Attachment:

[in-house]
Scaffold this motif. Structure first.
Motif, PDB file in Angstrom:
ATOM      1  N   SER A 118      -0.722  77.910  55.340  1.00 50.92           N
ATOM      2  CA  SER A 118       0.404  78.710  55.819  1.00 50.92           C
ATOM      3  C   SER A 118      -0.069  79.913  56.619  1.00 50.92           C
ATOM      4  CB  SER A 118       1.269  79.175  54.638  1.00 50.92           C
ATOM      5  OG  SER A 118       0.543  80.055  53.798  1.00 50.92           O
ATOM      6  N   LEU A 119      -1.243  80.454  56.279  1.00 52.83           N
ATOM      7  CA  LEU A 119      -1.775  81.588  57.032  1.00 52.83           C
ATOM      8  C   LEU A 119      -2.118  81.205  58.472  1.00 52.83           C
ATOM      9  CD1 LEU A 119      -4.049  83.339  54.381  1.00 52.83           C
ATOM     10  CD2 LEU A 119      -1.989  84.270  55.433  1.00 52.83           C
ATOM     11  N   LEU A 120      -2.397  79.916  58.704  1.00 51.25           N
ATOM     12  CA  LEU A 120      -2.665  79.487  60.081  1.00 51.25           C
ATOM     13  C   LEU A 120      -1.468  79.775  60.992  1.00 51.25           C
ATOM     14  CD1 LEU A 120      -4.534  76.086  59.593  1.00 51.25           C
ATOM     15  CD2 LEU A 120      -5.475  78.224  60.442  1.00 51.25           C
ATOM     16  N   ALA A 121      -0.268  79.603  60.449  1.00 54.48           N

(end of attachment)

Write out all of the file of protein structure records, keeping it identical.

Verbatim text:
[in-house]
Scaffold this motif. Structure first.
Motif, PDB file in Angstrom:
ATOM      1  N   SER A 118      -0.722  77.910  55.340  1.00 50.92           N
ATOM      2  CA  SER A 118       0.404  78.710  55.819  1.00 50.92           C
ATOM      3  C   SER A 118      -0.069  79.913  56.619  1.00 50.92           C
ATOM      4  CB  SER A 118       1.269  79.175  54.638  1.00 50.92           C
ATOM      5  OG  SER A 118       0.543  80.055  53.798  1.00 50.92           O
ATOM      6  N   LEU A 119      -1.243  80.454  56.279  1.00 52.83           N
ATOM      7  CA  LEU A 119      -1.775  81.588  57.032  1.00 52.83           C
ATOM      8  C   LEU A 119      -2.118  81.205  58.472  1.00 52.83           C
ATOM      9  CD1 LEU A 119      -4.049  83.339  54.381  1.00 52.83           C
ATOM     10  CD2 LEU A 119      -1.989  84.270  55.433  1.00 52.83           C
ATOM     11  N   LEU A 120      -2.397  79.916  58.704  1.00 51.25           N
ATOM     12  CA  LEU A 120      -2.665  79.487  60.081  1.00 51.25           C
ATOM     13  C   LEU A 120      -1.468  79.775  60.992  1.00 51.25           C
ATOM     14  CD1 LEU A 120      -4.534  76.086  59.593  1.00 51.25           C
ATOM     15  CD2 LEU A 120      -5.475  78.224  60.442  1.00 51.25           C
ATOM     16  N   ALA A 121      -0.268  79.603  60.449  1.00 54.48           N